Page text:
Team playing: How to ensure you keep your top talent onside

Let your team know their contribution is important to the company

With the economy picking up and hiring departments headhunting more actively, companies will face greater challenges in retaining and developing their best talents. 

Indeed, the problem may be bigger than you think.

Researchers from CEBR and the Hay Group say that, in 2018, the number of employees heading out the door will rise to 192m worldwide, an increase of more than 34 per cent compared to 2012.

They also suggest that the turnover rate in the UK will reach its peak sometime later this year.

So what can you do about it?


Giving your best performers proper incentives is not a new idea, but it’s not always easy to know what to pay. After analysing more than 13,000 salaries over two years, researchers at the online payments platform Namely found that, on average, high performing employees need to earn 35 per cent more than low performers and 27 per cent more than core performers to maximise retention. And when it comes to compensation, there is a salary sweet spot. For those both above and below that point, Namely found that turnover was higher. Employees on low salaries may feel undervalued. And while those on higher pay will likely be in high-demand roles (like technology) and thus have other options to choose from, the good news is that top performers were 118 per cent more likely to remain with their company than low performers.


Great employees will definitely care about their salary, but once you get compensation right, retaining talent will require some smart perks. These may include cultivating a sense of ownership or developing a great company culture, Namely’s chief executive Matt Straz says.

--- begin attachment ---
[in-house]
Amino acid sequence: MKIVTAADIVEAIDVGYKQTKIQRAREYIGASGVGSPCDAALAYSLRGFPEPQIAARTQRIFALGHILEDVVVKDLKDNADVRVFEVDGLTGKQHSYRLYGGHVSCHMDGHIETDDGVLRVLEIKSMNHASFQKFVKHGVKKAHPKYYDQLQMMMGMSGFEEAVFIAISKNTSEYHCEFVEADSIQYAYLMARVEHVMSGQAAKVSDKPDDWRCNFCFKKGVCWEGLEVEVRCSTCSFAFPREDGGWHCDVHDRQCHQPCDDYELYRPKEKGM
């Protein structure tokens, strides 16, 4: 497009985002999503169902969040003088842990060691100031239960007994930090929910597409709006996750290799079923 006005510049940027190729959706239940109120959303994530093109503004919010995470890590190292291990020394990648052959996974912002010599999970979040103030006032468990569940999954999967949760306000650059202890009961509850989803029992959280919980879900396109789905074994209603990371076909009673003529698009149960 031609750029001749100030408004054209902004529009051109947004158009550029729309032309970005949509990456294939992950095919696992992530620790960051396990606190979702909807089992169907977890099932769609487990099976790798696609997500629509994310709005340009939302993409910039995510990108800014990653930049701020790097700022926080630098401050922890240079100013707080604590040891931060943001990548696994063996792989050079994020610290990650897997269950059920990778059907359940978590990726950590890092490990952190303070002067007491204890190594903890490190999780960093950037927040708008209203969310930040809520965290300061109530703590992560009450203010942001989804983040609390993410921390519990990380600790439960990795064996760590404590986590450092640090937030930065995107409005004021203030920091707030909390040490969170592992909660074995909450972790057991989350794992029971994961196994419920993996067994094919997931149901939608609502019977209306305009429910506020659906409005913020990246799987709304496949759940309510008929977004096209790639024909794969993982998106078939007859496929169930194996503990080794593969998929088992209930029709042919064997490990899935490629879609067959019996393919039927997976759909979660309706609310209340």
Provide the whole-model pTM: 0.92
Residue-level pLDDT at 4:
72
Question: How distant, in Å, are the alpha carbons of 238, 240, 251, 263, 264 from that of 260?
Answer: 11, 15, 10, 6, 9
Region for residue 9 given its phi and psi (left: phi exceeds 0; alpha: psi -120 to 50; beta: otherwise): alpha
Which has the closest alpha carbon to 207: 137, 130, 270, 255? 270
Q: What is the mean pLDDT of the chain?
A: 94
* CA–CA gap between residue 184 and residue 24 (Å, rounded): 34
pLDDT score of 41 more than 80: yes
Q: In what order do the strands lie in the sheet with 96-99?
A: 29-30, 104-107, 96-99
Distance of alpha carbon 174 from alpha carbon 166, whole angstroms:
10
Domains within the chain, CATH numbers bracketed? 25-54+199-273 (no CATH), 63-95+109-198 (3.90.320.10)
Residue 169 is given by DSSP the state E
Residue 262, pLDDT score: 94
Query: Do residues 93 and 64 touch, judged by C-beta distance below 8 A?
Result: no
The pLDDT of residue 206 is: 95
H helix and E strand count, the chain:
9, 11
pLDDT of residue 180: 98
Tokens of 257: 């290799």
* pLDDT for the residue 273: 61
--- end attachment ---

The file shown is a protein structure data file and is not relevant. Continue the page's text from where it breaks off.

As researchers from management consultancy RHR International say, investing in employee growth sends a strong signal that they are valued by the business and lets them envision a future with the company. “This is particularly important since executives advancing through the ranks are particularly attractive to outsiders,” they note. In other words, if you let your best employees stagnate, the grass will always look greener at other firms.


To maximise the chances of top performers staying, smart managers will ensure that they are a cultural fit before they’ve even joined: “Retention actually starts well before the first day of work, before any employment contracts are signed and before any offers are made,” says Jerome Ternynck, founder of SmartRecruiters. We tend to overemphasise the importance of knowledge and skills in making a long-term hire, and he suggests that we should also pay attention to personality and cultural fit. “Bear in mind that you can train for skill, but you can’t train for personality,” Ternynck adds.
To hire for retention, he recommends you treat a candidate for a position like your equal, advertise your employer’s brand and provide them with plenty of choice: “They have to know they are choosing you just as much as you are choosing them,” he says.

Switch: Tinder for job seekers

Switch lets you browse through job listings, swiping right on those you’re interested in and left on those you’re not too keen on. Hiring managers do the same with candidate profiles.
Much like in dating apps, you only get notified when there is a match between both users. This gives an advantage to employees who may want to seek new opportunities without doing an active search. Hiring managers also save time, as the information on display is meant to be easily grasped.

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